Year-End Toasts From The Post

As this is the year-end issue of Global Golf Post for 2012, we take time for reflection, sort of. We have a list of people who we think are worthy of being noticed this year and will bestow upon them the inaugural Postmaster Awards.
There is no real award, no cash prize, no plaque or trophy. They just get their names in a digital magazine – in boldface type! – which they’ve already done a ton of times, which is why they’re receiving this recognition to start with.
So, here in no particular order, are this year’s Postmasters:
No one in the history of the Ryder Cup since Seve Ballesteros has burned so hot to beat Americans as has Poulter. His performance in the past three matches has been nothing short of extraordinary. He is 11-2 since 2008 in two wins and a loss for the Europeans, including 4-0-0 at Medinah. He played and putted so well that even Rory McIlroy – the best player in the world – was, as they say, gobsmacked. You can look it up. However, remember that he earns millions on the PGA Tour and owns a huge house and a bunch of cars in Orlando. Somebody check his visa.
She’s only 15 years old for God’s sake. Fifteen. What were you doing when you were that age? Never mind. Ko was busy winning the U.S. Women’s Amateur and the CN Canadian Women’s Open, becoming the youngest player to have won an LPGA Tour event. She says she wants to go to college, preferably Stanford – and graduate high school in New Zealand first. We doubt it but certainly hope so.
Whether you agree with the proposed ban on anchored putting strokes or not, these two men deserve a world of credit for standing on their convictions. Davis, executive director of the USGA, and Dawson, chief executive of the R&A, believe they are acting on behalf of the game and therefore are making a decision based on the common good. There is no higher calling in our game.
Before you congratulate the membership of Augusta National for admitting two women members, you need to congratulate Moore and Rice for accepting. It had to be a difficult decision. They willingly placed themselves in the middle of a media feeding frenzy. Rice is accustomed to such attention but Moore is not. And they will make themselves even more visible next April when (or if) they attend The Masters while wearing their green jackets.
The most under-applauded major championship belongs to Els. He didn’t even make the field at The Masters, yet he shot 32 on the back nine to catch and pass a slipping and sliding Adam Scott to win the Open Championship at Royal Lytham & St. Annes. We focus on Scott’s collapse but forget that Els made an 18-footer for birdie on the 72nd hole that would win him the Open. It was Els’ fourth major and his first since 2002. If Darren Clarke was the Open Championship’s most popular winner, Els must be a close second.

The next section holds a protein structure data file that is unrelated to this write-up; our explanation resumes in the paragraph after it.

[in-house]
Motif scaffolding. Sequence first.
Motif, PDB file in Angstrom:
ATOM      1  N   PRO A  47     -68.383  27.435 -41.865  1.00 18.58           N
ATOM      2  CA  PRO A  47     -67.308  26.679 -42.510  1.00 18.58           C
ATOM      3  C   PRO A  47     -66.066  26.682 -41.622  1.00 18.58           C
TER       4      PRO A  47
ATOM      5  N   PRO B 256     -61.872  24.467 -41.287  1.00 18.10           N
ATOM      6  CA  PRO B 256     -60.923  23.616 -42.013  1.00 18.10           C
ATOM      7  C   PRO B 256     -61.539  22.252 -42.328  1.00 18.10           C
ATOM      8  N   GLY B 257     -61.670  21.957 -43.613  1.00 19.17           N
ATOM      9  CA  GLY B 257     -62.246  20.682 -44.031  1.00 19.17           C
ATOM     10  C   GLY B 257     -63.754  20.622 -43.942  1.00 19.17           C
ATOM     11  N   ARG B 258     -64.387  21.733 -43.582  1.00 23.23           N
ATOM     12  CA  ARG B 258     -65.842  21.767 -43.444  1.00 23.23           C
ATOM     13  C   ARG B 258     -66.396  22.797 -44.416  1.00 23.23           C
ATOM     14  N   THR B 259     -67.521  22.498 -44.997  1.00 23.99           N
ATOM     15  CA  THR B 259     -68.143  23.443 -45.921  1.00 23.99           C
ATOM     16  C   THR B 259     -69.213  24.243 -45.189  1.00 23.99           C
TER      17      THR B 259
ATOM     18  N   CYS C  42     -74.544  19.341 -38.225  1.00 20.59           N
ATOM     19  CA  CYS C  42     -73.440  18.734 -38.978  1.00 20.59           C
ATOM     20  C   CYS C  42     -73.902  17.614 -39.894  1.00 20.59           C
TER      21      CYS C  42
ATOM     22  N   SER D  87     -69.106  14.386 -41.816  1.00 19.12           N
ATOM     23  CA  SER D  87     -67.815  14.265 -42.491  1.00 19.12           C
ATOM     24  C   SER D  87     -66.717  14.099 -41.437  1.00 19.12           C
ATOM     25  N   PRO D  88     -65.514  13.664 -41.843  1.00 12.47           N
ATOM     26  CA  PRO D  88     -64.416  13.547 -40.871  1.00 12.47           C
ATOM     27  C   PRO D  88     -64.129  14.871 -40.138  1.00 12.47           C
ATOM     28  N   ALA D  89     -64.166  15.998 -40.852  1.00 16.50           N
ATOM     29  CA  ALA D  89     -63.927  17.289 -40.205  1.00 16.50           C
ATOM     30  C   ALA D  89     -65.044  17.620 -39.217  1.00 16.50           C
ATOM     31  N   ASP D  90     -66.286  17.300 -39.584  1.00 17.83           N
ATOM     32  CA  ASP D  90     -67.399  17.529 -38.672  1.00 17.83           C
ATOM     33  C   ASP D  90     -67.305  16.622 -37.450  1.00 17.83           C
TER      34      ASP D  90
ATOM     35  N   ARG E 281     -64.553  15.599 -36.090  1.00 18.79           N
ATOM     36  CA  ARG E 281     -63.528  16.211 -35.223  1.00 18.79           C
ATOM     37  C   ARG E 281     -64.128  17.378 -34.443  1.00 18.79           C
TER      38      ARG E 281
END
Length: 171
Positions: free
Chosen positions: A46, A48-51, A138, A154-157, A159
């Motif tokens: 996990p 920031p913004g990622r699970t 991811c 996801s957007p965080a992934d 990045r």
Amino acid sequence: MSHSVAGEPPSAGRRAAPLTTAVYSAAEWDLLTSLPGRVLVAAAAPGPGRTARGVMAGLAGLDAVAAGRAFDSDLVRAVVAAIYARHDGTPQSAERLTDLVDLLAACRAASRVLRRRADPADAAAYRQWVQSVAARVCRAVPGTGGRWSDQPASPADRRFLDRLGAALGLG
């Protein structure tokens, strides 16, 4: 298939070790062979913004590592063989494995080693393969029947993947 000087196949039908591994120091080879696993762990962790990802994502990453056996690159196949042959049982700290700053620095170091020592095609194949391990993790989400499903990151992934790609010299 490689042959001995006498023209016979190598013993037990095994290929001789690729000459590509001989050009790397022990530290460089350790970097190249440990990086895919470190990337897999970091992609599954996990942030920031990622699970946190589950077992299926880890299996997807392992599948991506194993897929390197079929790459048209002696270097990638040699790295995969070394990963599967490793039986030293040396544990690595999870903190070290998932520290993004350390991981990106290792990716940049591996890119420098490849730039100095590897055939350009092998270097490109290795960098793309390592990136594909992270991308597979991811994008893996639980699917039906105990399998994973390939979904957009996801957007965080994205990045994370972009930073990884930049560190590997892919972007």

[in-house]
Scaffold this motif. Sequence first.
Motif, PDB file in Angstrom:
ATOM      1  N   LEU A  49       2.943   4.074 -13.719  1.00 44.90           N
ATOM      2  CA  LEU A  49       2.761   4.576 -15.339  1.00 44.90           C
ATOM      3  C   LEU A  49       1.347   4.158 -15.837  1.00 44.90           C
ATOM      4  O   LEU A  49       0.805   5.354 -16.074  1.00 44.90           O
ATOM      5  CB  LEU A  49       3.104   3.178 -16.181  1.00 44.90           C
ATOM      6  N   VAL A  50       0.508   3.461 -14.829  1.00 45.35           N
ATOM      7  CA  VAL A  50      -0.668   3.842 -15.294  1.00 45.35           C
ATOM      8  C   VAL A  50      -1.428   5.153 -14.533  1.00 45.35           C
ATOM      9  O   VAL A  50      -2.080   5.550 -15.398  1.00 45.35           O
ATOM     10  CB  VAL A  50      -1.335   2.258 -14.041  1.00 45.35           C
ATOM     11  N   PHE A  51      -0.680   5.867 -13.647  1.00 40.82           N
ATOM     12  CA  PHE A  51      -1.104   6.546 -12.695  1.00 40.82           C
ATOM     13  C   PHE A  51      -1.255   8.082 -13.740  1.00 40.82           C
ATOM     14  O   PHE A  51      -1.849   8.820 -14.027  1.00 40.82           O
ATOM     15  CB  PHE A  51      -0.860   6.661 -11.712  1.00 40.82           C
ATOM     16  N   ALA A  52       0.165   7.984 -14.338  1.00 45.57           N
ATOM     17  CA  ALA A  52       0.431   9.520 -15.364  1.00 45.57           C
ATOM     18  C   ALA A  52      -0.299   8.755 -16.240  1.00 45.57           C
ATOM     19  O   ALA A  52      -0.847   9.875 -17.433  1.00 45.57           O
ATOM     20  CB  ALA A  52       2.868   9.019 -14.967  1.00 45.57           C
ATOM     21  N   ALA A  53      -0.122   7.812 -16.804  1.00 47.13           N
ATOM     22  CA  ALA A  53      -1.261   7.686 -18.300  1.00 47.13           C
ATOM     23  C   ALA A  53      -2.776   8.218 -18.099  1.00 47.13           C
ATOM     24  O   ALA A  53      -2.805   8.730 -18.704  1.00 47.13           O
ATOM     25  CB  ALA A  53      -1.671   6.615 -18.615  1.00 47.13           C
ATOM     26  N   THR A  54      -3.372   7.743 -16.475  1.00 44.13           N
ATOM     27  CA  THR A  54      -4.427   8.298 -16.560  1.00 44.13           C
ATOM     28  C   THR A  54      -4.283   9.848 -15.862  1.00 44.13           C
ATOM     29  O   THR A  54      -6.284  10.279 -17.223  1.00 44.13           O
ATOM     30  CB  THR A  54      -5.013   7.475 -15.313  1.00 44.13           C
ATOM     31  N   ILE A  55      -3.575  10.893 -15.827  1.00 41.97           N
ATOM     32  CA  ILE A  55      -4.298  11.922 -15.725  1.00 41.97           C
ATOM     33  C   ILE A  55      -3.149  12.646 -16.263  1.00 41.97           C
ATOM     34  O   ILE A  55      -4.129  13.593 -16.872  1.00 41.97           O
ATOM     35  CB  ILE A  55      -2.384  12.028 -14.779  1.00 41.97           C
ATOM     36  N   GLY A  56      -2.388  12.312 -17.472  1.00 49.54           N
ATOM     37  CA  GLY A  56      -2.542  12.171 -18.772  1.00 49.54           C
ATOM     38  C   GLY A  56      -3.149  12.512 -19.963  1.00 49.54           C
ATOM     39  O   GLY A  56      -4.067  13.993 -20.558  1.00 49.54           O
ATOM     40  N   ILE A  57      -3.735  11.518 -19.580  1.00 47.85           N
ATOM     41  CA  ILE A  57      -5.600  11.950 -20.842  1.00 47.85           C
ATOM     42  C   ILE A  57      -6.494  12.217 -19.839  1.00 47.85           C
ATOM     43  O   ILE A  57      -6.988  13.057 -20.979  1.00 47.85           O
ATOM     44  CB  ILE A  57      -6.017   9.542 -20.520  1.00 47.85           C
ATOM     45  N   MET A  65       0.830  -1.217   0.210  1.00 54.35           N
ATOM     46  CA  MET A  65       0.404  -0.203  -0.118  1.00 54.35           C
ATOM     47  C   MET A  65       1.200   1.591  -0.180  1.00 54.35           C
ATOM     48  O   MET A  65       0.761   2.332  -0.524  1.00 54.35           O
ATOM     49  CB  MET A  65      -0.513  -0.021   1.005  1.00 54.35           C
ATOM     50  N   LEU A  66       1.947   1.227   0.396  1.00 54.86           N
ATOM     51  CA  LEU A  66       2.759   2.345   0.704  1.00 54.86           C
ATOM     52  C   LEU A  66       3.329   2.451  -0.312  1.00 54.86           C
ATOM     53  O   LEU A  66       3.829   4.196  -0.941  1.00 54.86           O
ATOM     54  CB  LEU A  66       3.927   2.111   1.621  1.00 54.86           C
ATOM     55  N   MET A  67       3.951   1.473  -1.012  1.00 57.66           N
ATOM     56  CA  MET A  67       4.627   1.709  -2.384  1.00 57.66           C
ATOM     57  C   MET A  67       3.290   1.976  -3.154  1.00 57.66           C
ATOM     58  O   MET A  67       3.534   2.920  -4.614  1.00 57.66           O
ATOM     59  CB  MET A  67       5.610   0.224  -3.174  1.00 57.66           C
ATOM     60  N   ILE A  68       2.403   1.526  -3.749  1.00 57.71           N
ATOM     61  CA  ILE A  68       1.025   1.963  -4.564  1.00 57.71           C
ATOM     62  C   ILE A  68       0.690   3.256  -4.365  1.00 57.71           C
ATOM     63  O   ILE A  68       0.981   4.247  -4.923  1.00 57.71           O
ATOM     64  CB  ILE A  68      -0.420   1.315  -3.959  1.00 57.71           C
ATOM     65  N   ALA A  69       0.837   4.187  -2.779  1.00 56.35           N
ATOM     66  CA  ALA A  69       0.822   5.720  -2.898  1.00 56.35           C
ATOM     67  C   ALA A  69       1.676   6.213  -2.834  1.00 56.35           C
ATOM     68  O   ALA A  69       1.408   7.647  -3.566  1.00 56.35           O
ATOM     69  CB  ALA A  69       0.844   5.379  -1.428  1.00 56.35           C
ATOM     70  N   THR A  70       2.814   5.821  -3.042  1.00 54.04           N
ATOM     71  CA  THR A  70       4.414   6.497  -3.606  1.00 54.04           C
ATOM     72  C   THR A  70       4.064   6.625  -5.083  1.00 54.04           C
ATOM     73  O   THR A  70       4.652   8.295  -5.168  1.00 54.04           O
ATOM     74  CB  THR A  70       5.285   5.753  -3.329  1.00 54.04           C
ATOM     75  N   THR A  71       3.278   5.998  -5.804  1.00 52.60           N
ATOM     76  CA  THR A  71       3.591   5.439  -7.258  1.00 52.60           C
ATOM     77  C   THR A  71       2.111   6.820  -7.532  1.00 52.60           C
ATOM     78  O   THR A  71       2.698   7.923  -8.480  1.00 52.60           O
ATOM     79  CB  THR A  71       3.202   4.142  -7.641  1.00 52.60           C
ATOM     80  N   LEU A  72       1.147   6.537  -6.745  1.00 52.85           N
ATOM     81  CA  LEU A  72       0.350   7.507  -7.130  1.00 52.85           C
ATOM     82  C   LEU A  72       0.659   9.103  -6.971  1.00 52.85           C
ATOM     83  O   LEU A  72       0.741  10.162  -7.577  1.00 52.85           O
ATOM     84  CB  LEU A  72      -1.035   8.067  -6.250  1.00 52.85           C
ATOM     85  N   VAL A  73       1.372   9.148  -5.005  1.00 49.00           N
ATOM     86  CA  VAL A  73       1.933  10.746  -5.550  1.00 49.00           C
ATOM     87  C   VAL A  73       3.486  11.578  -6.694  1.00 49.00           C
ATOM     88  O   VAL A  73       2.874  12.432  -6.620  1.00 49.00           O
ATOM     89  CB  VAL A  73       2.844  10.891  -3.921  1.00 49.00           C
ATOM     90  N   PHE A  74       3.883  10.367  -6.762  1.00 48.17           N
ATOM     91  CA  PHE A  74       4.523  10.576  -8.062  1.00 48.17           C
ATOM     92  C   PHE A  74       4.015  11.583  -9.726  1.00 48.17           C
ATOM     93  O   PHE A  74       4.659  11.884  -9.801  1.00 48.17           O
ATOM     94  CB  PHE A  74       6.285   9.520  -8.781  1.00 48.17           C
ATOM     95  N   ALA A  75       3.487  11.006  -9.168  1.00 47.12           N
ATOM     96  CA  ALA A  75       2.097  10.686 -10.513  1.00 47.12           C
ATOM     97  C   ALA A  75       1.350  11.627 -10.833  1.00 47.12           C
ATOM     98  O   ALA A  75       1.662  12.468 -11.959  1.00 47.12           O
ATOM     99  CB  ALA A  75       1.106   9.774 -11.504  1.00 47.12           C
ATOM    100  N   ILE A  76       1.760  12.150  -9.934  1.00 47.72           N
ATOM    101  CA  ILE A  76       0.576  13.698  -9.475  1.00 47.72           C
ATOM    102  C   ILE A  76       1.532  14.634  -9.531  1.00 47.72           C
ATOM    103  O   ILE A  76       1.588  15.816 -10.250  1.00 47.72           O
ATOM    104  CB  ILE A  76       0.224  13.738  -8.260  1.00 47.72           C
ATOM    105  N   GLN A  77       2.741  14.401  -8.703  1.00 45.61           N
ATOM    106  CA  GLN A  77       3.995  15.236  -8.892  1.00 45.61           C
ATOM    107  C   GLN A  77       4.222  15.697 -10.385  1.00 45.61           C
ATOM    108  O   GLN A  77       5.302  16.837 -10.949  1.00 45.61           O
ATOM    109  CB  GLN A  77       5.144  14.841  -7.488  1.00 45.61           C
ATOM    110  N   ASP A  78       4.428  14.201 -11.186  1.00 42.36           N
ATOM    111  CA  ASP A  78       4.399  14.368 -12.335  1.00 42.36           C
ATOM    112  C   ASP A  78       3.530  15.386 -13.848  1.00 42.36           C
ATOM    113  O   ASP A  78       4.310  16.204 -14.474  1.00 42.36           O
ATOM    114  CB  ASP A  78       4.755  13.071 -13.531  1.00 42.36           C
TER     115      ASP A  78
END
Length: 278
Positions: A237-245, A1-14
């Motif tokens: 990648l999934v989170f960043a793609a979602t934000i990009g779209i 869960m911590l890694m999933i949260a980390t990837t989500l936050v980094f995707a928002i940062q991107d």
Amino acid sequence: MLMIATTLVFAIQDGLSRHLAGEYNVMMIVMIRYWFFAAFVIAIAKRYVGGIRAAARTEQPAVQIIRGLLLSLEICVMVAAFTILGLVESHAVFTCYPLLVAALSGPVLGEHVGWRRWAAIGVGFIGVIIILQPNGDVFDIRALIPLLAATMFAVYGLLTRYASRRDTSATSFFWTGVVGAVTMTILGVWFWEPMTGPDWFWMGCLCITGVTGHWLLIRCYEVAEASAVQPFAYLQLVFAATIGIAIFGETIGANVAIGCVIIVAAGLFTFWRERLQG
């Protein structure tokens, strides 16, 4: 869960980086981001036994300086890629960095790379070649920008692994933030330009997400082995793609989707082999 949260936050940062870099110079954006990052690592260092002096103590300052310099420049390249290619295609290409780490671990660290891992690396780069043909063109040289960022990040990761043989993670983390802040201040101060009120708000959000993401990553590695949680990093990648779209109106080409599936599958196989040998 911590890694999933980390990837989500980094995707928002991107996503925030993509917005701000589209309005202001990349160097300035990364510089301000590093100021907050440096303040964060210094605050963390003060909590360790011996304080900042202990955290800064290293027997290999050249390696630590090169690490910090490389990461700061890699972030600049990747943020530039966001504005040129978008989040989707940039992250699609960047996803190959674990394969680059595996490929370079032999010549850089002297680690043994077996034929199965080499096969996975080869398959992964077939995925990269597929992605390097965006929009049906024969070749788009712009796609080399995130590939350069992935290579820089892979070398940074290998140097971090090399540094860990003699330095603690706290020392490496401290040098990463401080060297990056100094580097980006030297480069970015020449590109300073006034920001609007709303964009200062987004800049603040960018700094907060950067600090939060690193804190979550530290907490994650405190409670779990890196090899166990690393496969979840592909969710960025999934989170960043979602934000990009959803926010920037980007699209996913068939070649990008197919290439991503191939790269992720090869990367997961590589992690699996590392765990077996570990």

Courage is a word used all too loosely in sports, but Lewis is the genuine article. As a high school senior, she faced surgery on her spine that, if not successful, would have ended her golf aspirations and ushered in more health problems. Instead, she faced it head-on and as a result, she is the top American woman golfer in the world.
He makes this list not for his golf but for his humanity. He’s 23, has a world-class, tennis-playing girlfriend and jets all over the world. Yet, he falls into his father’s arms moments after winning the PGA Championship at Kiawah Island, he admits it when he’s burned out and, all the while, he will make himself available to the media and the public. It’s in those areas that he’s No. 1 – and there is no second place.
If you’re looking for your athletes to show some emotion, then Bubba’s your guy. While winning The Masters with one of the most incredible shots in the game’s history, he cried on his mother’s shoulder after winning the playoff. It was said of Ben Crenshaw that he’d cry at a supermarket opening. While Watson is not in Crenshaw’s class, he’s clearly in second place.
Hard to believe that 1) Tiger is 37 and 2) he won three PGA Tour events this year. He spit the bit while in the lead on the weekends of at least two majors in 2012, occasions the old Tiger would have stomped on the competition and turned it to dust. Despite that shortcoming, he still not only moves the needle in golf, he is the needle.
Watching golf in person is the most difficult spectator sport in the world because fans have to chase the action. Combine that with hard-to-walk sand dunes, goofy spectator routing, high tem-peratures with equally high humidity and a two-hour wait for a bus in pouring rain, the spectators at Kiawah Island deserve to have a glass raised on their behalf. Cheers, folks. You’re why we exist.


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